Depression range finder

  (Redirected from Depression position finder)

The depression range finder (DRF) was a fire control device used to observe the target's range and bearing to calculate firing solutions when gun laying in coastal artillery. It was the main component of a vertical base rangefinding system. It was necessitated by the introduction of rifled artillery from the mid-19th century onwards, which had much greater ranges than the old smoothbore weapons and were consequently more difficult to aim accurately.[2] The DRF was invented by Captain H.S.S. Watkin of the Royal Artillery in the 1870s and was adopted in 1881.[3][4][5] It could provide both range and bearing information on a target. The device's inventor also developed a family of similar devices, among them the position finder, which used two telescopes as a horizontal base rangefinding system, around the same time; some of these were called electric position finders.[6][7] Some position finders retained a depression range finding capability; some of these were called depression position finders. Watkin's family of devices were deployed in position finding cells, a type of fire control tower, often in configurations that allowed both horizontal base and vertical base rangefinding. Watkin's system included automatic electrical updating of range and bearing dials near the guns as the position finders were manipulated, and a system of remotely firing the guns electrically from the position finding cell. The improved system was trialled in 1885 and widely deployed in the 1890s.[6][8][7] Functionally equivalent devices were developed for the United States Army Coast Artillery Corps and its predecessors, called depression position finders or azimuth instruments depending on function (vertical base or horizontal base), adopted in 1896 and deployed widely beginning in the early 1900s as the Endicott program of modern coastal defences was built. These devices were also used by both countries to control submarine (underwater) minefields.[9][10]

A Watkin depression position finder on a range dial in a position finding cell, Dover Castle, England
O represents the observer, at a distance OM above sea level (and the target on the sea). The range to the target is determined by taking the cotangent of the depression angle d times the height of the instrument OM, to yield the range MP. But due to the curvature of the earth, the true range is MT. To achieve this, the DPF instrument adjusts the observer's height from OM to ON, and then correctly measures the range as NT. Alternatively, the depression angle could be adjusted to d, but this method was not used.
An American DPF (left) and azimuth scope (right) in use
An American Warner-Swasey DPF, illustration from a 1910 manual[1]
The remains of three American base end stations with their concrete DPF mounting columns. These columns date to about 1910.
A section drawing of an American fire control building with a DPF mounting column roughly 19 ft tall.

OperationEdit

A depression position finder measured the range to a distant target (such as a ship) by solving a right triangle in which the short side was the height of the instrument above mean low water; one angle was the constant right angle between the short side and the plane of the ocean, and the second angle was the depression angle from the horizontal of the instrument as it sighted down from a fire control tower or a base end station at the target. This was called the "vertical base" system of rangefinding. These calculations were built into the scales and gearing of the instrument as configured for its site, which also corrected for the curvature of the earth and for optical parallax, so the horizontal range to the target could be read from a dial on the DPF.[11][12]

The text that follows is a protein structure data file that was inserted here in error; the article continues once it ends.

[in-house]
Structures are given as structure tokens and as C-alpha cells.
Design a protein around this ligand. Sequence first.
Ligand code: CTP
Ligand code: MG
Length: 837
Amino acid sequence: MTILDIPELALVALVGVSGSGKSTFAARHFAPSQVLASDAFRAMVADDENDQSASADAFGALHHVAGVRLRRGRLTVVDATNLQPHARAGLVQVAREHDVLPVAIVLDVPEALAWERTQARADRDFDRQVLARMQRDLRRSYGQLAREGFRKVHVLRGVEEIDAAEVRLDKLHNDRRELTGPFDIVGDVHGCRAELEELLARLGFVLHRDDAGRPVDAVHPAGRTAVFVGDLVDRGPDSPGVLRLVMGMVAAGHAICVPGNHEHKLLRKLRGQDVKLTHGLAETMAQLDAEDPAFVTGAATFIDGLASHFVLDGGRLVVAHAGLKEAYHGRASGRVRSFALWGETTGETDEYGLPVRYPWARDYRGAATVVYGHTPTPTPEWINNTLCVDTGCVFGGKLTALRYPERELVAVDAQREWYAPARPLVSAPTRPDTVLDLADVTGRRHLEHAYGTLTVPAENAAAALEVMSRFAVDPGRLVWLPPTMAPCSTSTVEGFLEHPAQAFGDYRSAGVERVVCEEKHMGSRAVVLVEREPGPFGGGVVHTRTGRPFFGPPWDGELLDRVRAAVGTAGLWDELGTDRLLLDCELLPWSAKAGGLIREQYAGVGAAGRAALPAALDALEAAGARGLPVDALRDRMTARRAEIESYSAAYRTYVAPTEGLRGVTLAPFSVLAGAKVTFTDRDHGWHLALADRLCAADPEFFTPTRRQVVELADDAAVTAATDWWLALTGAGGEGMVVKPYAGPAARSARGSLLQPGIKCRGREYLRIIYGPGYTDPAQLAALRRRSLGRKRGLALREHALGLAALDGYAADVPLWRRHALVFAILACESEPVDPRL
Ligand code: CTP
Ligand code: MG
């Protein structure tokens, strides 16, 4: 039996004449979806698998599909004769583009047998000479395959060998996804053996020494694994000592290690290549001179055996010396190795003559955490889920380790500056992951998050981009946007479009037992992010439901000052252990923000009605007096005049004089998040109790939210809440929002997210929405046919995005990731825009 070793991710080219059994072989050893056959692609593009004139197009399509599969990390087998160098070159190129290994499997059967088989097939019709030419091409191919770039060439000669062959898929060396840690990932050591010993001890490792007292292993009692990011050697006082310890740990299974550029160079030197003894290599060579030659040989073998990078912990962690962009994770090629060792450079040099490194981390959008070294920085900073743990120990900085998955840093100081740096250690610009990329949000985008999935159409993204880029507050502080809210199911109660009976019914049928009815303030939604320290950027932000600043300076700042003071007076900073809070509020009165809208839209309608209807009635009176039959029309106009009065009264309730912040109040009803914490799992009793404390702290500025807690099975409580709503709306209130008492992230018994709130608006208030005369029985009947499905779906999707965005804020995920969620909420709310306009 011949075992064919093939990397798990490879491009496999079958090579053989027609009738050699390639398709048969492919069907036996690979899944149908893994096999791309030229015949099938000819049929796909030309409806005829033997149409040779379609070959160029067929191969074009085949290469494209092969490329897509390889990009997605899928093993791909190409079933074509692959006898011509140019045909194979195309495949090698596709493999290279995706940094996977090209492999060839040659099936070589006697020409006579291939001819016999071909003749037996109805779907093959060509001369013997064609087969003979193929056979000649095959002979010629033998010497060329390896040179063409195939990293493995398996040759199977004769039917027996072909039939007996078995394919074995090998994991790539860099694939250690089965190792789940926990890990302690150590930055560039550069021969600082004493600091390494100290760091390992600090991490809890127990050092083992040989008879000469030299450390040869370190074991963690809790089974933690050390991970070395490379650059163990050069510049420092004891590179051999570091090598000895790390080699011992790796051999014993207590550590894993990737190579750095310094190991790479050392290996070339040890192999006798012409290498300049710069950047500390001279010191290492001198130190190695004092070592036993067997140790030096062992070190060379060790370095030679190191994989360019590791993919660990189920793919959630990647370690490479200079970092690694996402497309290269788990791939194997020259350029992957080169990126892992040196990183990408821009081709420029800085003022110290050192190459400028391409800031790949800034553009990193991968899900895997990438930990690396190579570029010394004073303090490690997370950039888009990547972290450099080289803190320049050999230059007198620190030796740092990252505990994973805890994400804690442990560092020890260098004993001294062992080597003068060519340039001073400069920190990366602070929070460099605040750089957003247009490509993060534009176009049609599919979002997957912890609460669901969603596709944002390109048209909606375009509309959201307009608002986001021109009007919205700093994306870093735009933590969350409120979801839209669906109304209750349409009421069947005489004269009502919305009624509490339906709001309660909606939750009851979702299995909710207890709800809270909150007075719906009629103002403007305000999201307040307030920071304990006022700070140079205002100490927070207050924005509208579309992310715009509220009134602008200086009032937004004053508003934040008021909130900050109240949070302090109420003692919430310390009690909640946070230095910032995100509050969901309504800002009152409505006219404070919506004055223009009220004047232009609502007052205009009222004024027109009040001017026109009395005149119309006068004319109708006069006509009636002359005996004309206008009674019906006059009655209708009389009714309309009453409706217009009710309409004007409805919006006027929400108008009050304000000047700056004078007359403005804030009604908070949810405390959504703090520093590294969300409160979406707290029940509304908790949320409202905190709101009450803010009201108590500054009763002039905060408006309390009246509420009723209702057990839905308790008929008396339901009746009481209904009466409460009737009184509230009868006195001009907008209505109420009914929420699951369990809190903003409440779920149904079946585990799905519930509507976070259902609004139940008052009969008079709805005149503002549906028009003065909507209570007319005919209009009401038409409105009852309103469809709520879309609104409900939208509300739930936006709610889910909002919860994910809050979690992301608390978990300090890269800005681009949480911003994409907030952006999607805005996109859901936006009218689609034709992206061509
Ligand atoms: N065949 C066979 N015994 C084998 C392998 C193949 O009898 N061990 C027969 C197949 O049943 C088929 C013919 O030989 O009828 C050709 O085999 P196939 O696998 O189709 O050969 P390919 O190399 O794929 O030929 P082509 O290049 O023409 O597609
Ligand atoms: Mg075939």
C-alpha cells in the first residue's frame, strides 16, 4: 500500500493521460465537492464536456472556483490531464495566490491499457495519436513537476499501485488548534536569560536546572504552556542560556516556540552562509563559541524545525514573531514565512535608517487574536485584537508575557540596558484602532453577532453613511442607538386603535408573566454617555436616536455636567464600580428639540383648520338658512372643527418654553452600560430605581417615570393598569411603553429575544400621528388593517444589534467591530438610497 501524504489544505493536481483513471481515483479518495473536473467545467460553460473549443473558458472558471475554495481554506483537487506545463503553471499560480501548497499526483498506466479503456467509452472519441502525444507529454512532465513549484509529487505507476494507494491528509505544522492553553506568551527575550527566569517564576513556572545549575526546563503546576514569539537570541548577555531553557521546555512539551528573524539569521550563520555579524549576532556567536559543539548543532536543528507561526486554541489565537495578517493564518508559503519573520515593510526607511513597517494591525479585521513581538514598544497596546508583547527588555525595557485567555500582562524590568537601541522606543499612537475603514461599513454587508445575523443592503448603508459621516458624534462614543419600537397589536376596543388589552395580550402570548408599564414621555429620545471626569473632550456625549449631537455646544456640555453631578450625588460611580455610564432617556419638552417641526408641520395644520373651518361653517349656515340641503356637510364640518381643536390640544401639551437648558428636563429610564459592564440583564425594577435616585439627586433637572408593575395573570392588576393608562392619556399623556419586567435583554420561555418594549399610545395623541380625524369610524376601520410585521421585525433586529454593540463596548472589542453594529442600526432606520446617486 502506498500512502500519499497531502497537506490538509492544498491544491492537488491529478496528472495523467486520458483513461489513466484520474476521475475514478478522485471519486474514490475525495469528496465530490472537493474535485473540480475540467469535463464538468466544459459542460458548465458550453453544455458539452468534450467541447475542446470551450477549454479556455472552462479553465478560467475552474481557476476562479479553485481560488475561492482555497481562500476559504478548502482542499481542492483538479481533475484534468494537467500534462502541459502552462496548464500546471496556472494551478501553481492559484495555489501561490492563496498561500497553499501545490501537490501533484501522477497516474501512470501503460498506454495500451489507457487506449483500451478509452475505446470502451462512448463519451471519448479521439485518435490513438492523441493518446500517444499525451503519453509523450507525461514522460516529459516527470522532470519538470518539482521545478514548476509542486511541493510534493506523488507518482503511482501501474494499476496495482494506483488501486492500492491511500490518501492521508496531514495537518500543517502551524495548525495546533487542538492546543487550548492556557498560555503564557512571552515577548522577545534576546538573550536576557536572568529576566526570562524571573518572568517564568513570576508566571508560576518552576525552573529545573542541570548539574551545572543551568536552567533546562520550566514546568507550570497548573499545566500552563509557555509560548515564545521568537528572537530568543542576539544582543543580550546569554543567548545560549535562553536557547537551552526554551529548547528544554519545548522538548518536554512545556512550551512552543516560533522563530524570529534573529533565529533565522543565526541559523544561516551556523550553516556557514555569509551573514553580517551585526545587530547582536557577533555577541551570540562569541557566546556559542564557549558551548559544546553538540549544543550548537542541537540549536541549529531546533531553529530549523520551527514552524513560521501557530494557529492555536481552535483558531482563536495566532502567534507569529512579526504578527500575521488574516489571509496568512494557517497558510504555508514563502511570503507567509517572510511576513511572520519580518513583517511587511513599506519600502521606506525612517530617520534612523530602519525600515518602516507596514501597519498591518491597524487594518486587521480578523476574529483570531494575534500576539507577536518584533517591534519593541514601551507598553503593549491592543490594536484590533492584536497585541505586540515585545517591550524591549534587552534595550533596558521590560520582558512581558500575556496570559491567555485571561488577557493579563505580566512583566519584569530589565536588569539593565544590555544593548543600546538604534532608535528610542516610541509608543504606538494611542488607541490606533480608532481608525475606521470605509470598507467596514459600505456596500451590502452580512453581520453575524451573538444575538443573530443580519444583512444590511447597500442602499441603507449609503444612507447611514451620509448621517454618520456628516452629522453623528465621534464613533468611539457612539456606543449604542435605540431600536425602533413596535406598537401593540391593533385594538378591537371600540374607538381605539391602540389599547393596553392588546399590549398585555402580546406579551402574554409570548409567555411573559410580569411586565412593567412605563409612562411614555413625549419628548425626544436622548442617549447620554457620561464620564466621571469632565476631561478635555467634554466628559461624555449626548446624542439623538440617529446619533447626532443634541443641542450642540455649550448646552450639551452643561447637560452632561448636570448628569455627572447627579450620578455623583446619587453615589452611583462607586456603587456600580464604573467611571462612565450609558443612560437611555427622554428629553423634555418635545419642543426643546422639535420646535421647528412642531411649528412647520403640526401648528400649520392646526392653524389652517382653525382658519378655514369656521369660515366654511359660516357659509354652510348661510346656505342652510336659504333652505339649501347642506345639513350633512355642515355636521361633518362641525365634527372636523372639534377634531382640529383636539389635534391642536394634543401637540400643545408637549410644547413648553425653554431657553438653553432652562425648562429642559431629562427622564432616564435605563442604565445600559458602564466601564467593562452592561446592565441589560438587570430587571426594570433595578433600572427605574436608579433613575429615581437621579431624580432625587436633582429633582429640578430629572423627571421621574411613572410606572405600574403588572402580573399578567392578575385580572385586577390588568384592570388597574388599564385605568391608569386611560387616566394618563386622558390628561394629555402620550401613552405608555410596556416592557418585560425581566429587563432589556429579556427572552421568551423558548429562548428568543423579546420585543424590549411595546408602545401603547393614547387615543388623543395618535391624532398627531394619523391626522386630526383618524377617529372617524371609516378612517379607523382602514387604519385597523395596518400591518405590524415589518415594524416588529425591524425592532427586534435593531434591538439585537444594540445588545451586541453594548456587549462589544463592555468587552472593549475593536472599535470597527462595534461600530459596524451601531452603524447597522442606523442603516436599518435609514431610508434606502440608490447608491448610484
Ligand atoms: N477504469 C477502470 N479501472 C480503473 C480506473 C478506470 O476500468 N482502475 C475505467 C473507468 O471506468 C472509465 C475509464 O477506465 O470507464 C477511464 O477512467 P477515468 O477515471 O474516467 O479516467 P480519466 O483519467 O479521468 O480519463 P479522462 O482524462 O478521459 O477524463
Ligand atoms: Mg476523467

British systemEdit

Initially, a simple method of fire control was adopted in which an officer in an observation position would observe where shots landed and relay the information back to the gunner. It was hampered by the need for ranges to be estimated by eye, which introduced significant inaccuracy. Between 1870 and 1880, various mechanical range-finding devices were developed to provide a more accurate system, a type of horizontal base system. They were, however, limited by requiring two observers to be positioned on a piece of flat ground up to 400 metres (1,300 ft) wide, using instruments to measure the two base angles of a triangle between the observers and the target.[2]

A serving British Army officer, Captain H.S.S. Watkin of the Royal Artillery, devised a solution based on surveying principles, exploiting the fact that the observer's height above the waterline could be used as the base of the measuring triangle. A measurement of the angle of depression to the bow-waterline of the target would thus give the range.[2] While stationed at Gibraltar in the 1870s,[3] he developed a device termed the Watkin Depression Range-finder (DRF), derived from the surveyor's level, which could be used in permanently fixed mountings whose height above sea level could be precisely determined. It was trialled by the War Office between 1876 and June 1881, when it was formally adopted, and subsequently became standard equipment in coastal forts and batteries. It was easy to use, highly accurate and was combined with automatic electrical updating of range and bearing dials near the guns as the position finders were manipulated.[8][13]

Soon after the DRF was developed, Watkin developed the Position Finder (PF), a family of several devices which, when two were used in a horizontal base system, gave a more accurate range than the DRF. Some of these were called electric position finders. In some configurations, both horizontal base and vertical base ranging became possible.[6] A horizontal PF, called a transmitter, would be combined with a DPF, called a receiver, in widely separated position finding cells.[7] The DPF mounting was functionally similar to a plotting board and called a "range dial"; it electrically updated the range and bearing dials near the guns as the DPF was manipulated.[8] The improved system was trialled at Fort Bovisand in 1885 and the Breakwater Fort in 1887, both at the entrance to Plymouth Sound.[7] At some point remote electrical firing of the guns was added.[8] The PF was used with heavier guns (9.2-inch (234 mm)) and the DRF with lighter guns (6-inch (152 mm)).[3]